Australian Institute of Health and Welfare (2006) Australia's health 2006: the tenth biennial health report of the Australian Institute of Health and Welfare Canberra: Australian Institute of Health and Welfare Sayers D, Powers J (1997) Risk factors for Aboriginal low birthweight, intrauterine growth retardation and preterm birth in the Darwin Health Region Australian and New Zealand Journal of Public Health; 21(5): 524-530

Burns J, Irvine J (2003) Nutrition and growth. In: Thomson N (ed.) The health of Indigenous Australians, South Melbourne, Vic.: Oxford University Press (pp75-92)

Burns J, Thomson N. Overweight and obesity - a major problem for Indigenous Australians. Australian Indigenous HealthBulletin, 2006, 6(4): (Online journal:

Coory M, et al(2002). Participation in cervical cancer screening by women in rural and remote Aboriginal and Torres Strait Islander communities in Queensland. MJA 2002; 177(10): 544-

De Costa, C (2001) The Lancet Flora’s lLegacy; Vo.l 358 December 22/29 , 2001

Farrer, Keith (2005)‘To Feed a Nation, A History of Food Science and Technology’

National Health and Medical Research Council (2000) Nutrition in Aboriginal and Torres Strait Islander peoples: an information paper Canberra: National Health and Medical Research Council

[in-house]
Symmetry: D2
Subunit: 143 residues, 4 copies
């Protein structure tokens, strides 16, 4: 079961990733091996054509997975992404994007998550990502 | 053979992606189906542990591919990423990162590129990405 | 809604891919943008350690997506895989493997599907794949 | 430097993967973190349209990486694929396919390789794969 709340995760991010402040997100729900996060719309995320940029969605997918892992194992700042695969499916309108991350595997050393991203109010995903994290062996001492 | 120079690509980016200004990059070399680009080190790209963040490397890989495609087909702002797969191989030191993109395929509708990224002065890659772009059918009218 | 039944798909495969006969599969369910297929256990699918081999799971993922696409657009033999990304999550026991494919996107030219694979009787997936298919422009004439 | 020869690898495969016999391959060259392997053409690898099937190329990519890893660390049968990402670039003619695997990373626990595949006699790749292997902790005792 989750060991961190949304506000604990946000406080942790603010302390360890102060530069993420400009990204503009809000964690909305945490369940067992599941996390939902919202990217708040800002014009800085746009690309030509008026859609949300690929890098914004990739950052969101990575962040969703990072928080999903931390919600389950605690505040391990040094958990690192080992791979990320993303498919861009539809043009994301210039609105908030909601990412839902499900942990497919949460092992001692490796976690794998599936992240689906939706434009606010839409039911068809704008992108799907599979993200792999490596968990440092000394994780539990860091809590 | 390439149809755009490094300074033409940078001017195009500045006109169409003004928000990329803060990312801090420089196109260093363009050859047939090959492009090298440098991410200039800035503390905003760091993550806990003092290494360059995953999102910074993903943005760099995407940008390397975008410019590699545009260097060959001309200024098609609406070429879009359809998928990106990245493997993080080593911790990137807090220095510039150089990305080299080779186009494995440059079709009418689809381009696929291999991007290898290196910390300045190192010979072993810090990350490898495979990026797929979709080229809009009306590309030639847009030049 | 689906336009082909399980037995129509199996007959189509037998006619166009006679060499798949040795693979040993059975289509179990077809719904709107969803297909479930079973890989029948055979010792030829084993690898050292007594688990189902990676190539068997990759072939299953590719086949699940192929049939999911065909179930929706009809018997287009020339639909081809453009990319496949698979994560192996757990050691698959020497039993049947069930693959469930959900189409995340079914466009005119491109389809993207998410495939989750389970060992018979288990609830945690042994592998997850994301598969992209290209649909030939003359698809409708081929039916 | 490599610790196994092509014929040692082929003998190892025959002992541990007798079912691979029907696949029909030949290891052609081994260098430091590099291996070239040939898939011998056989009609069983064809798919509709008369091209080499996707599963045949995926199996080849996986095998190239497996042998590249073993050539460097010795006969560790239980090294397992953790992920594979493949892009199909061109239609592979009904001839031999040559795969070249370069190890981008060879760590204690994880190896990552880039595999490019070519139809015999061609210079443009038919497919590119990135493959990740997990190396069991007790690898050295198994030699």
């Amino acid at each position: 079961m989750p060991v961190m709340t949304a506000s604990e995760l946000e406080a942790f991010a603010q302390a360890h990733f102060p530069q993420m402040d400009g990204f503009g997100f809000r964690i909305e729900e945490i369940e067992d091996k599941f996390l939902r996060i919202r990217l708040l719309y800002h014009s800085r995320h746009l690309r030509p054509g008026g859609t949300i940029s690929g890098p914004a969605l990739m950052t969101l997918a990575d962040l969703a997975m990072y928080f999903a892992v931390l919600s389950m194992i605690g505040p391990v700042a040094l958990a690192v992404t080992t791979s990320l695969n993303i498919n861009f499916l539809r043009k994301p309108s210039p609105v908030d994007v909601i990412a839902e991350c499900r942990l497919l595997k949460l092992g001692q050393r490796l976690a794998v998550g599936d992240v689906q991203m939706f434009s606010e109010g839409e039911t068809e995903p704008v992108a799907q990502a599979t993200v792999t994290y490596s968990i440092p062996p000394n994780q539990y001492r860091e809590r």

National Health & Medical Research Council Screening to Prevent Cervical Cancer: Guidelines for the Management of Asymptomatic Women with Screen-Detected Abnormalities 2005

O’Brien ED, et al (2000). Cervical cancer mortality in Australia: contrasting risk by Aboriginality, age and rurality. Int J Epidemiology 2000; 29: 813-6.

[[#_ftnref1|[1]]] Caroline De Costa, The Lancet-Vol 358 Dec.22/29,2001
[[#_ftnref2|[2]]] Farrer, Keith (2005)‘To Feed a Nation, A History of Food Science and Technology’
[[#_ftnref3|[3]]] 1999/2009 State of Victoria. Reproduced from the Better Health Channel (
[[#_ftnref4|[4]]] Nutrition in Aboriginal and Torres Strait Islander Peoples Endorsed 31 July 2000, An Information Paper NHMRC National Health and Medical Research Council
[[#_ftnref5|[5]]] National Health & Medical Research Council Screening to Prevent Cervical Cancer: Guidelines for the Management of Asymptomatic Women with Screen-Detected Abnormalities 2005
[[#_ftnref6|[6]]] Coory M, Fagan P, MullerJ, Dunn N. Participation in cervical cancer screening by women in rural and remote Aboriginal and Torres Strait Islander communities in Queensland. MJA 2002; 177(10): 544-7.
[[#_ftnref7|[7]]] Olly Johnston was NSW first nurse practitioner, as an Indigenous woman she was able to relate to other indigenous woman as a Nurse Practitioner at Goodooga Health Service, continuing her commitment to improving the health of people in remote communities
[[#_ftnref8|[8]]] Rudd KM (2008) Apology to Australia's Indigenous peoples
[[#_ftnref9|[9]]] Community Woman, Eidsvold, QLD
[[#_ftnref10|[10]]] 2006 The Royal Women’s Hospital |